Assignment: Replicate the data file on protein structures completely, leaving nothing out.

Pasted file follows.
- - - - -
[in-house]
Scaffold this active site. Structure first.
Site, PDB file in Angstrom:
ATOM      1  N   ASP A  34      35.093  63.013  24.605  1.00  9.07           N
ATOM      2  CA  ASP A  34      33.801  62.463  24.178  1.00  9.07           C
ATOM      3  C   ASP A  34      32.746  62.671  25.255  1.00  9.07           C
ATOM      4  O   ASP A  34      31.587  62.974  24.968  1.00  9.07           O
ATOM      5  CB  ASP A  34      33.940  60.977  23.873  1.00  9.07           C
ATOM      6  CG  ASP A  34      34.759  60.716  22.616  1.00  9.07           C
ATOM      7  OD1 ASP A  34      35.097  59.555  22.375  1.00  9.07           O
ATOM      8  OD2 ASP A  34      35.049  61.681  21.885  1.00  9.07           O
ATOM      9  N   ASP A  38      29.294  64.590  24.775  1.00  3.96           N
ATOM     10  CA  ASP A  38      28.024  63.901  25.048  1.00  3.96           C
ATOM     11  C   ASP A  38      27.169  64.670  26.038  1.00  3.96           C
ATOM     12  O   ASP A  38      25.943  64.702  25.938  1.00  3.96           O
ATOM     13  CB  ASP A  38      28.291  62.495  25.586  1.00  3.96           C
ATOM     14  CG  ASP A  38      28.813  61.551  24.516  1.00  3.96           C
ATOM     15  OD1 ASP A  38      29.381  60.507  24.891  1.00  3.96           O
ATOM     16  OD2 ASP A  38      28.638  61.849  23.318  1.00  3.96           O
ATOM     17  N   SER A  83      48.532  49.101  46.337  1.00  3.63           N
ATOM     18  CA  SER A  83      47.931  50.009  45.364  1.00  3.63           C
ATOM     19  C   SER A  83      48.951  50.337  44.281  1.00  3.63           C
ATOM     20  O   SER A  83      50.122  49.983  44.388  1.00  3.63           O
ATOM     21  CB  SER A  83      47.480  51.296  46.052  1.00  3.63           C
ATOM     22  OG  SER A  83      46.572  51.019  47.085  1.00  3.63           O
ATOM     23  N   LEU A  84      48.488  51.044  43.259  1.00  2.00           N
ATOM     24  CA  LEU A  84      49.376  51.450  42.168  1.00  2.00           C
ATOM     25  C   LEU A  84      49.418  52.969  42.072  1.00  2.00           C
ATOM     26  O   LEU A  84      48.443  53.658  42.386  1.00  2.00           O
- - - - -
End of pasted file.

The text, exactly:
[in-house]
Scaffold this active site. Structure first.
Site, PDB file in Angstrom:
ATOM      1  N   ASP A  34      35.093  63.013  24.605  1.00  9.07           N
ATOM      2  CA  ASP A  34      33.801  62.463  24.178  1.00  9.07           C
ATOM      3  C   ASP A  34      32.746  62.671  25.255  1.00  9.07           C
ATOM      4  O   ASP A  34      31.587  62.974  24.968  1.00  9.07           O
ATOM      5  CB  ASP A  34      33.940  60.977  23.873  1.00  9.07           C
ATOM      6  CG  ASP A  34      34.759  60.716  22.616  1.00  9.07           C
ATOM      7  OD1 ASP A  34      35.097  59.555  22.375  1.00  9.07           O
ATOM      8  OD2 ASP A  34      35.049  61.681  21.885  1.00  9.07           O
ATOM      9  N   ASP A  38      29.294  64.590  24.775  1.00  3.96           N
ATOM     10  CA  ASP A  38      28.024  63.901  25.048  1.00  3.96           C
ATOM     11  C   ASP A  38      27.169  64.670  26.038  1.00  3.96           C
ATOM     12  O   ASP A  38      25.943  64.702  25.938  1.00  3.96           O
ATOM     13  CB  ASP A  38      28.291  62.495  25.586  1.00  3.96           C
ATOM     14  CG  ASP A  38      28.813  61.551  24.516  1.00  3.96           C
ATOM     15  OD1 ASP A  38      29.381  60.507  24.891  1.00  3.96           O
ATOM     16  OD2 ASP A  38      28.638  61.849  23.318  1.00  3.96           O
ATOM     17  N   SER A  83      48.532  49.101  46.337  1.00  3.63           N
ATOM     18  CA  SER A  83      47.931  50.009  45.364  1.00  3.63           C
ATOM     19  C   SER A  83      48.951  50.337  44.281  1.00  3.63           C
ATOM     20  O   SER A  83      50.122  49.983  44.388  1.00  3.63           O
ATOM     21  CB  SER A  83      47.480  51.296  46.052  1.00  3.63           C
ATOM     22  OG  SER A  83      46.572  51.019  47.085  1.00  3.63           O
ATOM     23  N   LEU A  84      48.488  51.044  43.259  1.00  2.00           N
ATOM     24  CA  LEU A  84      49.376  51.450  42.168  1.00  2.00           C
ATOM     25  C   LEU A  84      49.418  52.969  42.072  1.00  2.00           C
ATOM     26  O   LEU A  84      48.443  53.658  42.386  1.00  2.00           O